The issues with AMD are filling reddit and other forums. Thats a fact. And its not issues that are because of rare hardware failures that are normal, its because of bugs in software AND hardware design that can be reproduced rather often. In comparison, when the first Skylake had the "768 FFT bug", or the Z87 bug, it wasnt nearly as huge of a problem as the AMD fanboys made it out to be. Plus they were fixed quickly.
    The issues with AMD right now are vast, critical and numerous and some of them have been there for quite a long time (some even since Zen 2). And all you hear are crickets.
    If Intel had those issues, the cries of havoc would be so shrill and loud that even your rose colored glasses would burst into tiny shards. And very justified so.

    But this "users keeping silent/uncritical about serious issues" phenomenon has always been a part of AMD. Even 20 years ago. I fell for it several times myself.
    Reply
  • Qasar - Tuesday, January 26, 2021 - link

    yes, as while that issue with the sata ports were recent, when i picked up my x99 board new 5 years ago, i had issues then as well.
    the funny part, is EACH person has their own experience with either side. myself, i have had issues with BOTH. it hasnt been just amd, or just intel over the years.
    " it wasnt nearly as huge of a problem as the AMD fanboys made it out to be " the SAME can be said about the intel fanboys with amd, whats your point ?

    while you kind of accuse me of rose colored glasses, the same can be said for the other side as well, again whats your point ?

    if intel does it, its just fine, and ok, but if AMD does it, its a federal offense.
    Reply
  • Spunjji - Tuesday, January 26, 2021 - link

    They managed to squeeze so much projection, prognostication and ventriloquism into a few tight little posts. It's an exceptional demonstration in partisan rhetoric married to denial. Reply
  • Qasar - Tuesday, January 26, 2021 - link

    i didnt know that saying either side has had,and has, its issues was considered to be a demonstration in partisan rhetoric married to denial. Reply
  • Spunjji - Wednesday, January 27, 2021 - link

    @Qasar - I was talking about Beaver M., not you. I agree entirely with you here. 👍 Reply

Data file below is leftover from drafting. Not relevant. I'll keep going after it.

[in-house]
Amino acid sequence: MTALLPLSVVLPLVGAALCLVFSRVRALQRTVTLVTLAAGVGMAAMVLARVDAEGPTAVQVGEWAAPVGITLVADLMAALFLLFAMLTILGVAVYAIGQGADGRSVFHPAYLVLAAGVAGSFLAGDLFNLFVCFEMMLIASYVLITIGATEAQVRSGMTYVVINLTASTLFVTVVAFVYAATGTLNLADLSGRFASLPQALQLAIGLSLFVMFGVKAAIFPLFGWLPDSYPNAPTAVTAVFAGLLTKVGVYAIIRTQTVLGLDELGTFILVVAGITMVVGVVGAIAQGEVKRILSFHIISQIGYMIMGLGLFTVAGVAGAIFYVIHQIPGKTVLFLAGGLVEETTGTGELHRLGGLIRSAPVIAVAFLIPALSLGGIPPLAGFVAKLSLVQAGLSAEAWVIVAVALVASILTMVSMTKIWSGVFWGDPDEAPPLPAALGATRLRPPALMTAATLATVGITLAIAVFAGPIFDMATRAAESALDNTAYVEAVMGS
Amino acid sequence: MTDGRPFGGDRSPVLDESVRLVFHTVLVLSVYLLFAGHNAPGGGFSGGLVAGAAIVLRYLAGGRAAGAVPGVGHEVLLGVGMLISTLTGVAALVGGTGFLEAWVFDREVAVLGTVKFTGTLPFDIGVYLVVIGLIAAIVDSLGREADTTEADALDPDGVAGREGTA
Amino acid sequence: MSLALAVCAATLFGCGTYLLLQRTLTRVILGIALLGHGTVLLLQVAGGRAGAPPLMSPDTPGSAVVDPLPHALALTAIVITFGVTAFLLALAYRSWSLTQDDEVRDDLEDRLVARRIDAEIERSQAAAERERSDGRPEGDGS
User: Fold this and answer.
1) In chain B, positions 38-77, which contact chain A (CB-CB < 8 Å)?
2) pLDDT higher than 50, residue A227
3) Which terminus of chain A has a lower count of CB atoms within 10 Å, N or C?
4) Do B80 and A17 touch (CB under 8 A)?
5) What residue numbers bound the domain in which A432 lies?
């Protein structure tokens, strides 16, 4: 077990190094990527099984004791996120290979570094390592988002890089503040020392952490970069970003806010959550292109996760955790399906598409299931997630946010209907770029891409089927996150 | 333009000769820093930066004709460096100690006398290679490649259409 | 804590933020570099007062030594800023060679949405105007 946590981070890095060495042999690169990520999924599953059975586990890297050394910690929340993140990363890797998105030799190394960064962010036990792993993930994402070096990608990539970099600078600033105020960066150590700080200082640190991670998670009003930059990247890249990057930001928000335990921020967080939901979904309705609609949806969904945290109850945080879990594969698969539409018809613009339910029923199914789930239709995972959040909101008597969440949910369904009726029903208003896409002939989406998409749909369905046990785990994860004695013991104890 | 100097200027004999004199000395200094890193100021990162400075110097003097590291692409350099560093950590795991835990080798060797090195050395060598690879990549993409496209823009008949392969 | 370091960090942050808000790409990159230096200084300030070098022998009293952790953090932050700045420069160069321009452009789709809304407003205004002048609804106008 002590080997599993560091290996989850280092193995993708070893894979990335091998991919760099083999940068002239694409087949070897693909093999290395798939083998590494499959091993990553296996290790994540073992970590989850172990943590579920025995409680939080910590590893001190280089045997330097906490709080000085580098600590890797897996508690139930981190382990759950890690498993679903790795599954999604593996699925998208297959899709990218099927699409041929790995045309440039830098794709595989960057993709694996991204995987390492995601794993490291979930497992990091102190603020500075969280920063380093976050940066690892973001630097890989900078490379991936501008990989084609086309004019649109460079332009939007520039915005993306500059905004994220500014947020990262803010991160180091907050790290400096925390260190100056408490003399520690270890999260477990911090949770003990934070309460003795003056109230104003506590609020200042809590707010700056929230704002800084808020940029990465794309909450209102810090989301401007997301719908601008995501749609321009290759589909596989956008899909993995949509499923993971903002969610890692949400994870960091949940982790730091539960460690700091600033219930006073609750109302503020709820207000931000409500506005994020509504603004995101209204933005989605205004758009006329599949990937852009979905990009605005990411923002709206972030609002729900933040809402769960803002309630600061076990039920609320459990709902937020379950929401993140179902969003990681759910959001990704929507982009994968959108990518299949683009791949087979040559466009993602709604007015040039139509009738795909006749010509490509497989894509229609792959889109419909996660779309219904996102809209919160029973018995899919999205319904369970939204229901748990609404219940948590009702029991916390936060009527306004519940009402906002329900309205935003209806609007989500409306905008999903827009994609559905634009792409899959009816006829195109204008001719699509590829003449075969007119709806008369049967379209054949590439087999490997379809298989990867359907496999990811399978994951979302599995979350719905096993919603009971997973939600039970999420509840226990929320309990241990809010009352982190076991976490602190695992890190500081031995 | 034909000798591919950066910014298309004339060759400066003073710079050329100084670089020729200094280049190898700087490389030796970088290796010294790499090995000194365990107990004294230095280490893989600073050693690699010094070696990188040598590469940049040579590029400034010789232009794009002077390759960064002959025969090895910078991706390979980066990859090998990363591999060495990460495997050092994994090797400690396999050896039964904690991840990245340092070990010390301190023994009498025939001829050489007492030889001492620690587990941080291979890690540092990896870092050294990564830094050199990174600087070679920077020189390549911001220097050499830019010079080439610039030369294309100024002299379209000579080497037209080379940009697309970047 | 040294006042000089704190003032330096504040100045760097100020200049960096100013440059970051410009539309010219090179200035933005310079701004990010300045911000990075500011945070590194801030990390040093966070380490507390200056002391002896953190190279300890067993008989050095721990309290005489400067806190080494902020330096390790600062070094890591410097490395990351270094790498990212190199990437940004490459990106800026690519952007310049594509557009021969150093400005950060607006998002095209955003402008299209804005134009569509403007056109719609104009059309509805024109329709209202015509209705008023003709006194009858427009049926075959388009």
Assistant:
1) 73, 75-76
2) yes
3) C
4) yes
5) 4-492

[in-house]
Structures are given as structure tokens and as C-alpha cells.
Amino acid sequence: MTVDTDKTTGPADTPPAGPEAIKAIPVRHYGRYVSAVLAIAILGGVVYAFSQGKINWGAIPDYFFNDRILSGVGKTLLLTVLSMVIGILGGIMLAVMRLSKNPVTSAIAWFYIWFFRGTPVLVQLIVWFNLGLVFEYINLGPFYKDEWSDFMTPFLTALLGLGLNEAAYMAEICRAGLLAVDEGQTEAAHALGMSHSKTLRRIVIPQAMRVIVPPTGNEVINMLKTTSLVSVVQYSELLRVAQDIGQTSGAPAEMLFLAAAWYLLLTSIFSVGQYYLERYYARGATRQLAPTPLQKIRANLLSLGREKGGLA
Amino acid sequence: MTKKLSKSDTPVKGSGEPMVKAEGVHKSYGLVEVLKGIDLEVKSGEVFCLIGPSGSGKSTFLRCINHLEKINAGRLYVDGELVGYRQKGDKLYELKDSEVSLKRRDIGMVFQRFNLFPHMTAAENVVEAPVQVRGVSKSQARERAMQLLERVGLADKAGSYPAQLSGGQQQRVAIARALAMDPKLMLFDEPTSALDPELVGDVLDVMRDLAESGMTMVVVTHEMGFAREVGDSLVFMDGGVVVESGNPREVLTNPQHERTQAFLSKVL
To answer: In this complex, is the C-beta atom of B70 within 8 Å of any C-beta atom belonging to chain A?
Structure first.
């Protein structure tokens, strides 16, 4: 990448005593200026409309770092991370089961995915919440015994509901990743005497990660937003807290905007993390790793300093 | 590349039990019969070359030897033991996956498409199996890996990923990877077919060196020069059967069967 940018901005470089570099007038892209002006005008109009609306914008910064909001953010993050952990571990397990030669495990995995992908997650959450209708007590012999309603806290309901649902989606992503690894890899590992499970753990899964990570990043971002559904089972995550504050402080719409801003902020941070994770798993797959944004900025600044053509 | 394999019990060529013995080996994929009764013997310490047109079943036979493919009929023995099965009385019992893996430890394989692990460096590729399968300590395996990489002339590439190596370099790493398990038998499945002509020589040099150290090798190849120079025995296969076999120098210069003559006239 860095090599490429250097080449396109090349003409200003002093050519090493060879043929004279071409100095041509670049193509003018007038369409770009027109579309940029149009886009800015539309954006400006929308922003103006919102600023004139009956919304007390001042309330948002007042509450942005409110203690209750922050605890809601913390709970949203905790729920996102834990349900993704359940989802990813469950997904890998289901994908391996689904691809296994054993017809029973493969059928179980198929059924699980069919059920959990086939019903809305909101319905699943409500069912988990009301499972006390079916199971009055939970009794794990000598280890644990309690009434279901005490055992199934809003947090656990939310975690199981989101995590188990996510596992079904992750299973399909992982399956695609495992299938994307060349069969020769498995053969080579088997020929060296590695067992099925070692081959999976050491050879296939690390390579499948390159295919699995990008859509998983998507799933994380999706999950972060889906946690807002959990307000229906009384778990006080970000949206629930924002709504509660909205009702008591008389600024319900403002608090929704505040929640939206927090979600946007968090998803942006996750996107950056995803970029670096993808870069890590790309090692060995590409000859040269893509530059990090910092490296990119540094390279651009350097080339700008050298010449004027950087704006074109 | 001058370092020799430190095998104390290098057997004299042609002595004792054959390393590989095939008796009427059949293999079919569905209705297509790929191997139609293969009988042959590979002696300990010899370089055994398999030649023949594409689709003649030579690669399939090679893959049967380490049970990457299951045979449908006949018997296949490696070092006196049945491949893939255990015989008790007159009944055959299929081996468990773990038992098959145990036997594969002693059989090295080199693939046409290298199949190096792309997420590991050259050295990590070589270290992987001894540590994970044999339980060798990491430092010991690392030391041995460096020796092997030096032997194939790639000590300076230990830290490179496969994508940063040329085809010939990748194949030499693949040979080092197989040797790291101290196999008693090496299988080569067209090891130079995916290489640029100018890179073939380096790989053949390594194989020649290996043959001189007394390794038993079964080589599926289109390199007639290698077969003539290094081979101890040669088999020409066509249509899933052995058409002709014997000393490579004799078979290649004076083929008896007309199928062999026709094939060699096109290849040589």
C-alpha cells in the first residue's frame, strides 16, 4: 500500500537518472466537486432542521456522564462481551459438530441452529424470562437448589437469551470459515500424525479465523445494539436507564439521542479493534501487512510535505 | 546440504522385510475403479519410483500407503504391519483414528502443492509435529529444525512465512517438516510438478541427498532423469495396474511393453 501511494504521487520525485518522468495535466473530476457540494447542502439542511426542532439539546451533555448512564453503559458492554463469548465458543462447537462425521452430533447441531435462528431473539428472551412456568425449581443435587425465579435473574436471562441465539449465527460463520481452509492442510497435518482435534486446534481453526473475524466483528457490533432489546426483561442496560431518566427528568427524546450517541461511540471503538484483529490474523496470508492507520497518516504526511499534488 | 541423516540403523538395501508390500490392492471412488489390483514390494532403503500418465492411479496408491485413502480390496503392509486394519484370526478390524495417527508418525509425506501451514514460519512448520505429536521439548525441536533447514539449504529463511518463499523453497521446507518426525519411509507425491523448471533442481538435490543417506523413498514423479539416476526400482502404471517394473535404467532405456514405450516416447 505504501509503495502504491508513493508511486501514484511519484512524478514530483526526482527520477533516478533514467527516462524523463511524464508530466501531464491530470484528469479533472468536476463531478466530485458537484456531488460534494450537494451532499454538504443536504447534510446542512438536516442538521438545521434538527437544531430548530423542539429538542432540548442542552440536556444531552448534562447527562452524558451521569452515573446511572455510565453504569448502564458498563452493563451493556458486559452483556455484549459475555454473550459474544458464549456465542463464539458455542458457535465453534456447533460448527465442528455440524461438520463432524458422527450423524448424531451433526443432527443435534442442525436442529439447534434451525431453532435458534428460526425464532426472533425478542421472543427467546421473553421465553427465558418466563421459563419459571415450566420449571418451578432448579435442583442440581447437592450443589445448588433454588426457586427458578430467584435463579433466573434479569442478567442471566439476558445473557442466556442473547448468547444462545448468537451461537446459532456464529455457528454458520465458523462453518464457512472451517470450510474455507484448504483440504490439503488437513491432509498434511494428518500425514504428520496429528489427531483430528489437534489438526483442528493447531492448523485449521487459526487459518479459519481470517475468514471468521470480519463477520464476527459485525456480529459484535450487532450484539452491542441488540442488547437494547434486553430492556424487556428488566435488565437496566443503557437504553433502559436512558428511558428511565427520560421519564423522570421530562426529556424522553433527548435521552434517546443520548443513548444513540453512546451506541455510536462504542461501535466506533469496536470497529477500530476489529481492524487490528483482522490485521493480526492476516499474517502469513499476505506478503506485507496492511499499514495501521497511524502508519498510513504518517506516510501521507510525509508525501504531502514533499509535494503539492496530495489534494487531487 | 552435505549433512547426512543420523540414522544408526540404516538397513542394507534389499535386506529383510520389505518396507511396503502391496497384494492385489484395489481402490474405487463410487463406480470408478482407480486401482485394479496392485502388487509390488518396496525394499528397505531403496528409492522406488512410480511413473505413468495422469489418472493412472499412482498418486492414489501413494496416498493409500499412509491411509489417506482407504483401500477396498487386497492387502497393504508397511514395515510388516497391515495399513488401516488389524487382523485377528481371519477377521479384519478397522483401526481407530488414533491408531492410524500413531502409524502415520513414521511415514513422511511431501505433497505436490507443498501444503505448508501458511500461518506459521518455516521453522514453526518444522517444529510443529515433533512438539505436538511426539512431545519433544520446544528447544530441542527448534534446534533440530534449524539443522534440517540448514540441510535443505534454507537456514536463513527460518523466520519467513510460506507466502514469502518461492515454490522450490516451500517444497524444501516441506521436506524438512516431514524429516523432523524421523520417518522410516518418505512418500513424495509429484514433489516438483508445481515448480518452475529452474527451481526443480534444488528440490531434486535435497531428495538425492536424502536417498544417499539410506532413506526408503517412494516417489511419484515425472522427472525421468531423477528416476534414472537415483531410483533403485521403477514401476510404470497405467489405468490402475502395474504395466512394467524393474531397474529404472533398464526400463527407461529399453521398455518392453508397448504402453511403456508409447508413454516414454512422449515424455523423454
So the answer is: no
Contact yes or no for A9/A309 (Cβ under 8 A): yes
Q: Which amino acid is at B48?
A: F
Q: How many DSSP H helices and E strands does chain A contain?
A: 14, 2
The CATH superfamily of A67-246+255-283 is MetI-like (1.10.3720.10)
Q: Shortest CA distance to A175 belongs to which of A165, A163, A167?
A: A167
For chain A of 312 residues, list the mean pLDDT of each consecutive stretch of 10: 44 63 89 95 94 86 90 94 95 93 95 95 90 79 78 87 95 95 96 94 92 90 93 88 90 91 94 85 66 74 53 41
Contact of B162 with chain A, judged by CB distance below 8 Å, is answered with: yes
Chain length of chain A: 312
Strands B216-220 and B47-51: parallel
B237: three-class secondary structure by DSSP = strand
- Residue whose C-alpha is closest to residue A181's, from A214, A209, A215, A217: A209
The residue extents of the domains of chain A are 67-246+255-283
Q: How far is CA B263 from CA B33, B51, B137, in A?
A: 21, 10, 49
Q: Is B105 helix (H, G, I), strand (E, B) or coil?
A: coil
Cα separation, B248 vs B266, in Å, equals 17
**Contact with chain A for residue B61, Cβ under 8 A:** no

• Spunjji - Tuesday, January 26, 2021 - link

    I'm impressed by the way you made a claim about forums, threw in the declarative "Thats a fact" (it wasn't, it's hyperbole) and then followed with another statement that *definitely* isn't a fact - it's clearly just your opinion. Very self-confident; Dunning and Kruger offer a salute.

    I also appreciated your completely un-self-aware commentary on how other people have "rose tinted glasses", even as you assume the truth of your casual dismissal of specific Intel issues. To make it extra funny from an outside perspective, you hype up a few other AMD issues you just didn't quite get around to specifically naming.

    Whatever this bit you're doing is, it's very good!
    Reply
  • Spunjji - Tuesday, January 26, 2021 - link

    Cautiously-worded partisan FUD is still partisan FUD. You jumped from someone's specific anecdotal critique to a generalised one, then used that to bolster an unrelated conclusion.

    I Googled the WHEA issues, and it leads to two types of post:
    1) People gathering data on the issue and noting that it doesn't do any harm in and of itself, and is often fairly trivially solved.
    2) A bunch of similar posts on forums (some from the same users) that look like this: "My (fairly recent) high-spec Intel system was a saint that never crashed, and now my brand-new high-spec AMD system crashes aLl ThE tImE and this is definitely AMD's fault. /ragequit"

    It's possible there's a selection bias here - and I might be missing a serious issue. I just don't really buy the way you introduced these topics.
    Reply